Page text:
This week in the library we’ve created a display around our most relevant immigration resources. Most of these are online resources that you can access in the library, or behind the Law Society Member’s Portal.
The Manitoba government has just released a report titled Modernizing Our Family Law System, by Manitoba’s Family Law Reform Committee. The 10 page report, followed by 4 pages of appendices, is written in plain English, befitting the audience it is intended for. The Committee suggests a three year pilot project.
Our model would by legislation, require all matters proceeding
under the Family Maintenance Actto be commenced by
an application form which would be simple enough that an
individual could complete it with or without the assistance
of a lawyer.
While restricting this pilot project to Family Maintenance Act
matters will significantly limit the scope of this initiative, we
believe there will be a large volume of matters, sufficient to
test the effectiveness of this approach during the pilot phase.
The Committee was formed in the fall of 2017, and completed their report in record time, as mandated by Justice Minister Stefanson.
As many studies have noted, the adversarial court system does not work well for family law matters. Families must continue to work together after divorce and custody issues are taken care of. We will be watching for the government to introduce legislation to enable this project, and keep you informed when it has been released.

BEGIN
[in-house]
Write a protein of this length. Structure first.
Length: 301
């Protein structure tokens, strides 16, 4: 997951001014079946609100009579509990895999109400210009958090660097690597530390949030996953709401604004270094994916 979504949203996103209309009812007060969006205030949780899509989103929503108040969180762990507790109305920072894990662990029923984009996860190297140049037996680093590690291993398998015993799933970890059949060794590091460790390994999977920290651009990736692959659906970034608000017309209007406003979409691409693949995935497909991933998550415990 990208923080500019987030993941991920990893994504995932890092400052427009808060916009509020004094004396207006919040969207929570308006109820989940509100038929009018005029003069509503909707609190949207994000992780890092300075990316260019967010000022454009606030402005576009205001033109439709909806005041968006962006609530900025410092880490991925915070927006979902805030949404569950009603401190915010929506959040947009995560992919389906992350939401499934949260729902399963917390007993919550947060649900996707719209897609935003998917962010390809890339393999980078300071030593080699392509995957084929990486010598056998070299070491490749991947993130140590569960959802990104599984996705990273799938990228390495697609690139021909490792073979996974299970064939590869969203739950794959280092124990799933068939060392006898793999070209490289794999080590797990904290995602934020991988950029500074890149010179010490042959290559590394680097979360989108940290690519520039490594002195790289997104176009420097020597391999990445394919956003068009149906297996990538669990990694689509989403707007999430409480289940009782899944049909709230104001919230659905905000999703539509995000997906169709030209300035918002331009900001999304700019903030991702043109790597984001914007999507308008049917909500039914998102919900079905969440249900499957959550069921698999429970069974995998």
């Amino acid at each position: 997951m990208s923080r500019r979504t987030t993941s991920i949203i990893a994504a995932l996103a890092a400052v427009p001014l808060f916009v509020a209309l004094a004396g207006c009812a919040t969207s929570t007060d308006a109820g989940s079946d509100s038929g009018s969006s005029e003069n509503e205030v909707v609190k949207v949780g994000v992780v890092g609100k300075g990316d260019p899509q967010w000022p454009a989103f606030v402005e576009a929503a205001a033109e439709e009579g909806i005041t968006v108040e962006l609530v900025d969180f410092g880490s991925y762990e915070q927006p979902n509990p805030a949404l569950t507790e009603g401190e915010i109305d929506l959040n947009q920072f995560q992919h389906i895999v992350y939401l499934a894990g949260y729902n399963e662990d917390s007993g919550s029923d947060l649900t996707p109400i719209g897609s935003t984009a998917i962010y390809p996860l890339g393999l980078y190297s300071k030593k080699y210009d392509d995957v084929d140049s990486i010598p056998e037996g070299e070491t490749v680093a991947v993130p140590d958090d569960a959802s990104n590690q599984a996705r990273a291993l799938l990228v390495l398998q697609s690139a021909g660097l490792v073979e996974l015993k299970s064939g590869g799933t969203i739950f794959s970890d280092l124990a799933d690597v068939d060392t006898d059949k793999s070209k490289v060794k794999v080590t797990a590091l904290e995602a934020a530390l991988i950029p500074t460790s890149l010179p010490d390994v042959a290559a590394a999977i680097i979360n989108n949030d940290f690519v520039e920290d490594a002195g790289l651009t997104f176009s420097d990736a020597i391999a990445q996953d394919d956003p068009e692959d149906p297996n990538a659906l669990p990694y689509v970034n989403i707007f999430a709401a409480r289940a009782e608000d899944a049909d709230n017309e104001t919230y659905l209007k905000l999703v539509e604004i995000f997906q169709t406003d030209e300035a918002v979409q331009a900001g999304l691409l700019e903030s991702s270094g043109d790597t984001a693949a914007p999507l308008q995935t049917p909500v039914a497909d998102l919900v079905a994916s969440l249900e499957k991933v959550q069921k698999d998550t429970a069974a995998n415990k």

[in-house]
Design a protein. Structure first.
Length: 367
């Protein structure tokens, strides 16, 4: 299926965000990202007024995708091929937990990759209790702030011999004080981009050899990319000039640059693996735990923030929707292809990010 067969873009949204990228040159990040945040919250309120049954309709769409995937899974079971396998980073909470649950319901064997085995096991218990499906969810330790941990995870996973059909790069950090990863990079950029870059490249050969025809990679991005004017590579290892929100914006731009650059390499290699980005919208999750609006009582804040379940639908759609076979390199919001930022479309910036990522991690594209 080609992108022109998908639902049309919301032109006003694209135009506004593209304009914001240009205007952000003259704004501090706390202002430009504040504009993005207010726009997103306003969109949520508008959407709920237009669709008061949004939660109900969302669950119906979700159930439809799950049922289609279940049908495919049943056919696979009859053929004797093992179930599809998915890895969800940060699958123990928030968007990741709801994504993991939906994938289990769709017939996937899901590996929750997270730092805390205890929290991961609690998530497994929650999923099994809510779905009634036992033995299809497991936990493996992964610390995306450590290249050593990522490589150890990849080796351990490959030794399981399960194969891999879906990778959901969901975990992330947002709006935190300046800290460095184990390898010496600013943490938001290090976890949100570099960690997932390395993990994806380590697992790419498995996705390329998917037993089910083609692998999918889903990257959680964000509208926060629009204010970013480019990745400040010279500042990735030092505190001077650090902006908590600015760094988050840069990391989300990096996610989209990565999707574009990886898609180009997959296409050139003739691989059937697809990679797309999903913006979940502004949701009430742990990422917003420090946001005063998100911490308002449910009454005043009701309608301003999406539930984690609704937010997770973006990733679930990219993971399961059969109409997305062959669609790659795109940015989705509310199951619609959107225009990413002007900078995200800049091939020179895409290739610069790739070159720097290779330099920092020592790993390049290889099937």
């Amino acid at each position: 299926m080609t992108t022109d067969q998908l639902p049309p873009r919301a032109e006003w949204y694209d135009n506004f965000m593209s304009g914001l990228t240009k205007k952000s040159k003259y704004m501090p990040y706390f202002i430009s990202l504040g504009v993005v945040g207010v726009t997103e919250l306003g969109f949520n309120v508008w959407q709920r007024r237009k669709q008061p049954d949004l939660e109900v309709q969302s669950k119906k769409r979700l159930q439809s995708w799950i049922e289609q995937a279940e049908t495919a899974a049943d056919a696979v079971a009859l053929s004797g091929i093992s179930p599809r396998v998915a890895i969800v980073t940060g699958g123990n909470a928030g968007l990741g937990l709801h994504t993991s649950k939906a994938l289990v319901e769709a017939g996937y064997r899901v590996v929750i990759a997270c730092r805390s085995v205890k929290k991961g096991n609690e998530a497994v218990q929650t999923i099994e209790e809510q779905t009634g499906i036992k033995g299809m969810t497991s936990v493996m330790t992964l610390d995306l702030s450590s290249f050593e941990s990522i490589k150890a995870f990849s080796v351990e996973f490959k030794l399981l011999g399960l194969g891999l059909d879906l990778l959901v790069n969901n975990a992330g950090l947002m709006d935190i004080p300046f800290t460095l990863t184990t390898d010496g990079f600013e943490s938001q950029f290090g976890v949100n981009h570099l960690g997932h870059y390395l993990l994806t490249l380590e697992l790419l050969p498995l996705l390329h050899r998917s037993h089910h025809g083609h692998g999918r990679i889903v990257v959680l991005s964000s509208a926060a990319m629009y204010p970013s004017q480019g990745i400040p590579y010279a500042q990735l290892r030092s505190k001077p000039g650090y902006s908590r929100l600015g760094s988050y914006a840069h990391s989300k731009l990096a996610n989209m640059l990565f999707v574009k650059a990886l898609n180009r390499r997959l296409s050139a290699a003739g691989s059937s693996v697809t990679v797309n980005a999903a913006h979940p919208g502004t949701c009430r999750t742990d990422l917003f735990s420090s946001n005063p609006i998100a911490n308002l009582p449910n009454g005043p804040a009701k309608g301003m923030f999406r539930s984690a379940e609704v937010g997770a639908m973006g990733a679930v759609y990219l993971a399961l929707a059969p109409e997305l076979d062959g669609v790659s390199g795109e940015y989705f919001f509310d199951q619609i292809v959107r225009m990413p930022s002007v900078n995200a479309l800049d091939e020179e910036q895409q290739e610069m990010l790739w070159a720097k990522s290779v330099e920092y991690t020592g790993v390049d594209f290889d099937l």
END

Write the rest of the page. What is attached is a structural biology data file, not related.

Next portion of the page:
Gladue reports are pre-sentencing or bail hearing reports which take into account Indigenous offenders’ background on sentencing. They stem from a landmark 1999 Supreme Court of Canada decision. The University of Saskatchewan has developed a research database to assist Gladue report writers by making them easier and less costly to prepare. Access to the database is by subscription, which revenue will be used to hire students to update the database.
The new Gladue Rights Research Database provides lawyers, researchers and others with instant access to the insights and conclusions of more than 500 academic works related to the history of settler colonialism in Saskatchewan. It also includes a large and growing body of oral history resources and key archival documents.
Robson Hall at the University of Manitoba has developed a Gladue Handbook to help report writers in Manitoba.
This is a really interesting and exciting development for the protection of Gladue rights.